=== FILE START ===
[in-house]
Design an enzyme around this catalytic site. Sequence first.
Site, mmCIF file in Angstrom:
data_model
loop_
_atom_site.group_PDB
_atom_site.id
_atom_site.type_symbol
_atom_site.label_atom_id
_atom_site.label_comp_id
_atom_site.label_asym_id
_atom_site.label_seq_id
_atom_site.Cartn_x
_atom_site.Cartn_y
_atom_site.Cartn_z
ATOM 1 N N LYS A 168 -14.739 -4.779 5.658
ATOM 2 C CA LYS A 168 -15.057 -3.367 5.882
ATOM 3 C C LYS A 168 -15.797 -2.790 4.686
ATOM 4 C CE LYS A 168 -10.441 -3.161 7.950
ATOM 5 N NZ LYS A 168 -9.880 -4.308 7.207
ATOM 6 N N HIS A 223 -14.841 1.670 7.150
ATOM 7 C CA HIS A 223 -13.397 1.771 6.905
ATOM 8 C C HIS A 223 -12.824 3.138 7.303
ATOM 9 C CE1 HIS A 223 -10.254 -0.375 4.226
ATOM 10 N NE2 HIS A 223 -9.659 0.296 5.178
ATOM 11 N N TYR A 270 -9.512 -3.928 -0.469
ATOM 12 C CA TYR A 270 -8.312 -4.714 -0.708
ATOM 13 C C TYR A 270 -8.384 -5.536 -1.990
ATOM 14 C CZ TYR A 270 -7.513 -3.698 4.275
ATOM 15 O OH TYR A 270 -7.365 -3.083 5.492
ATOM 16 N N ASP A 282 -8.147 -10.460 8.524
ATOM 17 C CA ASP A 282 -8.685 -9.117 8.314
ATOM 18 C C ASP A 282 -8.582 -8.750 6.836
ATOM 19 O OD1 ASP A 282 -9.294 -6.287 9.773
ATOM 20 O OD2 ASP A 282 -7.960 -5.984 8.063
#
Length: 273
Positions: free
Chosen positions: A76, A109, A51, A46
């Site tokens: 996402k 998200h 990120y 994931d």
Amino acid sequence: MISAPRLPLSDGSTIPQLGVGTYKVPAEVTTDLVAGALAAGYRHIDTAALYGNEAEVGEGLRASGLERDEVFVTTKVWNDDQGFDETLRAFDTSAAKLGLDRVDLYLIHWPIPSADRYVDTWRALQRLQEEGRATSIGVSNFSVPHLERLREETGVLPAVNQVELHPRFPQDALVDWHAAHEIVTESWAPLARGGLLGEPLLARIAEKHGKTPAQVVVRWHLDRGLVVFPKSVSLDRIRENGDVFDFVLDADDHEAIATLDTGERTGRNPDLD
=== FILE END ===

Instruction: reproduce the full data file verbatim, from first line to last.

[in-house]
Design an enzyme around this catalytic site. Sequence first.
Site, mmCIF file in Angstrom:
data_model
loop_
_atom_site.group_PDB
_atom_site.id
_atom_site.type_symbol
_atom_site.label_atom_id
_atom_site.label_comp_id
_atom_site.label_asym_id
_atom_site.label_seq_id
_atom_site.Cartn_x
_atom_site.Cartn_y
_atom_site.Cartn_z
ATOM 1 N N LYS A 168 -14.739 -4.779 5.658
ATOM 2 C CA LYS A 168 -15.057 -3.367 5.882
ATOM 3 C C LYS A 168 -15.797 -2.790 4.686
ATOM 4 C CE LYS A 168 -10.441 -3.161 7.950
ATOM 5 N NZ LYS A 168 -9.880 -4.308 7.207
ATOM 6 N N HIS A 223 -14.841 1.670 7.150
ATOM 7 C CA HIS A 223 -13.397 1.771 6.905
ATOM 8 C C HIS A 223 -12.824 3.138 7.303
ATOM 9 C CE1 HIS A 223 -10.254 -0.375 4.226
ATOM 10 N NE2 HIS A 223 -9.659 0.296 5.178
ATOM 11 N N TYR A 270 -9.512 -3.928 -0.469
ATOM 12 C CA TYR A 270 -8.312 -4.714 -0.708
ATOM 13 C C TYR A 270 -8.384 -5.536 -1.990
ATOM 14 C CZ TYR A 270 -7.513 -3.698 4.275
ATOM 15 O OH TYR A 270 -7.365 -3.083 5.492
ATOM 16 N N ASP A 282 -8.147 -10.460 8.524
ATOM 17 C CA ASP A 282 -8.685 -9.117 8.314
ATOM 18 C C ASP A 282 -8.582 -8.750 6.836
ATOM 19 O OD1 ASP A 282 -9.294 -6.287 9.773
ATOM 20 O OD2 ASP A 282 -7.960 -5.984 8.063
#
Length: 273
Positions: free
Chosen positions: A76, A109, A51, A46
């Site tokens: 996402k 998200h 990120y 994931d």
Amino acid sequence: MISAPRLPLSDGSTIPQLGVGTYKVPAEVTTDLVAGALAAGYRHIDTAALYGNEAEVGEGLRASGLERDEVFVTTKVWNDDQGFDETLRAFDTSAAKLGLDRVDLYLIHWPIPSADRYVDTWRALQRLQEEGRATSIGVSNFSVPHLERLREETGVLPAVNQVELHPRFPQDALVDWHAAHEIVTESWAPLARGGLLGEPLLARIAEKHGKTPAQVVVRWHLDRGLVVFPKSVSLDRIRENGDVFDFVLDADDHEAIATLDTGERTGRNPDLD